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How Can I Set Up the SPI Host Adapter to Respond as a Peripheral Slave Device?
Rena Ayeras

Question from the Customer:

I am planning to use the Aardvark I2C/SPI Host Adapter to simulate an SPI peripheral; the Aardvark adapter will be acting as an SPI “slave” device. Looking at the specifications, it seems the Aardvark adapter could send specific responses to specific host/controller read requests. Instead of your GUI software tools, I am planning to create a script. I could use either the Python or C programming languages.

Here is an example of how I want the Aardvark adapter in slave mode to respond:

If read from address 0x0000, reply with 0x00000000
If read from address 0x0004, reply with 0x76543210
If read from address 0x1000, reply with 0x7FFFFFFF

Do you have any sample scripts that I could use for this?

Response from Technical Support:

Thanks for your question! You can create pre-defined responses with Aardvark Software API. The slave device can send responses, which are set before running the simulation. Please note that slave responses cannot be changed on the fly for dynamic transactions. Also, the space of the Aardvark response buffer is 64 bytes.

Creating Slave Response with API

Here is a description of the script that you could create with our API software. The aa_spi_slave_read API command checks for master device message asynchronously. This way, there is no need to poll for checking incoming messages indefinitely. There is a default timeout of 500ms, which can be configured with the command aa_async_poll.

With the command, aa_i2c_slave_set_response, the Aardvark slave device automatically responds to the master device that invokes the “read from slave” command. For more information, please refer to the API Documentation section of the Aardvark I2C/SPI Host Adapter User Manual.

Here is an example in pseudo code:

Step 1: aa_spi_slave_read // reads 01 01/ 02 02/ 03 03 from master and stores it in buffer variable data_from_master.

Step 2: Set the slave response buffer slave_resp according to data_from_master. In this example, if the request from the master device is 01 01, the slave response is set for 01 01 01. Two other responses are set up as shown below.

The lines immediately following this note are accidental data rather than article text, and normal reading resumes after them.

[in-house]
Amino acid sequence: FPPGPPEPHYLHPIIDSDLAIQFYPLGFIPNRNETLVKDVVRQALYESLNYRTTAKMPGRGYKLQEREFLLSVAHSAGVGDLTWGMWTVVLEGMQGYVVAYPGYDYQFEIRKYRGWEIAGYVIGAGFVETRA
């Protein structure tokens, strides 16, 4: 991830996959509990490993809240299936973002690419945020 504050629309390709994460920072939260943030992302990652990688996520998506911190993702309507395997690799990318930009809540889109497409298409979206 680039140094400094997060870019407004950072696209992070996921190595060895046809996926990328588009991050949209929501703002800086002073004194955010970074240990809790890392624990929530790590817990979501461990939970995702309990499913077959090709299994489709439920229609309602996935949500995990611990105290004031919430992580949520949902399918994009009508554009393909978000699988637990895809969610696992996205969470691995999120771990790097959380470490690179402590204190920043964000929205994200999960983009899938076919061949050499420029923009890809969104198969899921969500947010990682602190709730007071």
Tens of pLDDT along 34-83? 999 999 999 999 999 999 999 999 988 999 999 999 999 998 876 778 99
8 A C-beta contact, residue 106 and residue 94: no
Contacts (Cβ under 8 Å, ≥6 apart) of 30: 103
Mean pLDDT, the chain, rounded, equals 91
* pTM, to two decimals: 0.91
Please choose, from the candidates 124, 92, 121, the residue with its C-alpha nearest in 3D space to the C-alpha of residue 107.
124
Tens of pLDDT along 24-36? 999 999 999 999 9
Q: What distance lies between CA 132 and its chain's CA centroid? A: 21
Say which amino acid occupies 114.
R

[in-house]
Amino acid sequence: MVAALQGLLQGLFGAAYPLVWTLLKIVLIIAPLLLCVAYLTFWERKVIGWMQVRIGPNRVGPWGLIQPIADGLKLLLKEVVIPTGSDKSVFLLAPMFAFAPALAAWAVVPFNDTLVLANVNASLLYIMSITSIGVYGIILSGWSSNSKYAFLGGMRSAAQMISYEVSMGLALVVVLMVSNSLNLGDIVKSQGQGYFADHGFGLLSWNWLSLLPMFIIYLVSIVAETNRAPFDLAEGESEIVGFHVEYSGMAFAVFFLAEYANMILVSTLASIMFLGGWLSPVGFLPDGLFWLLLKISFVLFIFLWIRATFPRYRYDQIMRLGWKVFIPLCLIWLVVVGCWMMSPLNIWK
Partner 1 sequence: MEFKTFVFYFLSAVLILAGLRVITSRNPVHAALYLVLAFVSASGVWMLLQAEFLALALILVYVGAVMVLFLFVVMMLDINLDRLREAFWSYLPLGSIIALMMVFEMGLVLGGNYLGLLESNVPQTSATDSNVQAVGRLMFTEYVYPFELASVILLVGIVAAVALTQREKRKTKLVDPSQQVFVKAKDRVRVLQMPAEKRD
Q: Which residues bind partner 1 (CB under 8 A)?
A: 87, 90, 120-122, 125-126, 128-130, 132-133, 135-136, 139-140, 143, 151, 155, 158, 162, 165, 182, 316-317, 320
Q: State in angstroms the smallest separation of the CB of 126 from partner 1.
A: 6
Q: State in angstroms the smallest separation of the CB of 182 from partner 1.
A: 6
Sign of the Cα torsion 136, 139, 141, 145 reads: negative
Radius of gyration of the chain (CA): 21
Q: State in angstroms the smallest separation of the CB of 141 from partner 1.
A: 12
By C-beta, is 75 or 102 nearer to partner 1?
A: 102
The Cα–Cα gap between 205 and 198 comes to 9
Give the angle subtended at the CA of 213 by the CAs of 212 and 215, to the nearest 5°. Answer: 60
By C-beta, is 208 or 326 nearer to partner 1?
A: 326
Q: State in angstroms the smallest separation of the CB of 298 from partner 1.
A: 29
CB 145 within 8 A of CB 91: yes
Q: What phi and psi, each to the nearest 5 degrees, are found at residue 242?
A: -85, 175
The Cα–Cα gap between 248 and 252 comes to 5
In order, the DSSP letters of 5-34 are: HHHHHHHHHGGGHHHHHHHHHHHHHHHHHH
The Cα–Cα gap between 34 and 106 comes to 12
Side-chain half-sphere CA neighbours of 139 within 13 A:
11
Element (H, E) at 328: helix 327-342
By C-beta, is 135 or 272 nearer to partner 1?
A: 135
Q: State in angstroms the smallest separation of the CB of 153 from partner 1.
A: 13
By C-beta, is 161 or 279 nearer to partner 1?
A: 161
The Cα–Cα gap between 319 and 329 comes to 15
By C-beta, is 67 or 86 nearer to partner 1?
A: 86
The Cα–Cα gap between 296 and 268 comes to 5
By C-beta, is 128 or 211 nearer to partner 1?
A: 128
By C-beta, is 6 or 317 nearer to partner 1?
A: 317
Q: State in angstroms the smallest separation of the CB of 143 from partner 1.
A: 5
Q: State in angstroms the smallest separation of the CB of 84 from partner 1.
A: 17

u08 slave_resp[3];

if (data_from_master[0] == 01 && data_from_master[1] == 01)
slave_resp[0] = 01;
slave_resp[1] = 01;
slave_resp[2] = 01;
else if (data_from_master[0] == 02 && data_from_master[1] == 02)
slave_resp[0] = 02;
slave_resp[1] = 02;
slave_resp[2] = 02;
else if (data_from_master[0] == 03 && data_from_master[1] == 03)
slave_resp[0] = 03;
slave_resp[1] = 03;
slave_resp[2] = 03;

Step 3: Call the aa_i2c_slave_set_response.

Step 4:  Issue the master_read_from_slave command. When the master device contacts the slave device to read data, data from "slave_resp" is sent.

Using API Packages

Functional programs are provided in the Aardvark Software API package. Two programs, exa aaspi_file and aaspi_slave can be used together for setting up the slave mode of the Aardvark adapter. This setup will require two Aardvark adapters.

  1. Run aaspi_slave with the Aardvark master device to wait for a new slave transmission.
  2. Run aaspi_file to transmit a binary file with the Aardvark slave device.

Of course, the API examples can be modified as needed for your setup, or you can write an original program.

Should you choose to use the GUI software, here is an overview of using the Control Center Serial Software with the Aardvark adapter set up as a slave device: How Do I Send Data to the I2C Master Device when the Aardvark I2C/SPI Host Adapter is Set Up as the Slave Device?

For greater flexibility, we suggest taking a look at the Promira Serial Platform, which can improve the production, test, design, as well as the development, emulation, and debugging complex embedded I2C and SPI applications.

We hope this answers your question. Additional resources that you may find helpful include the following:

If you want more information, feel free to contact us with your questions, or request a demo that applies to your application.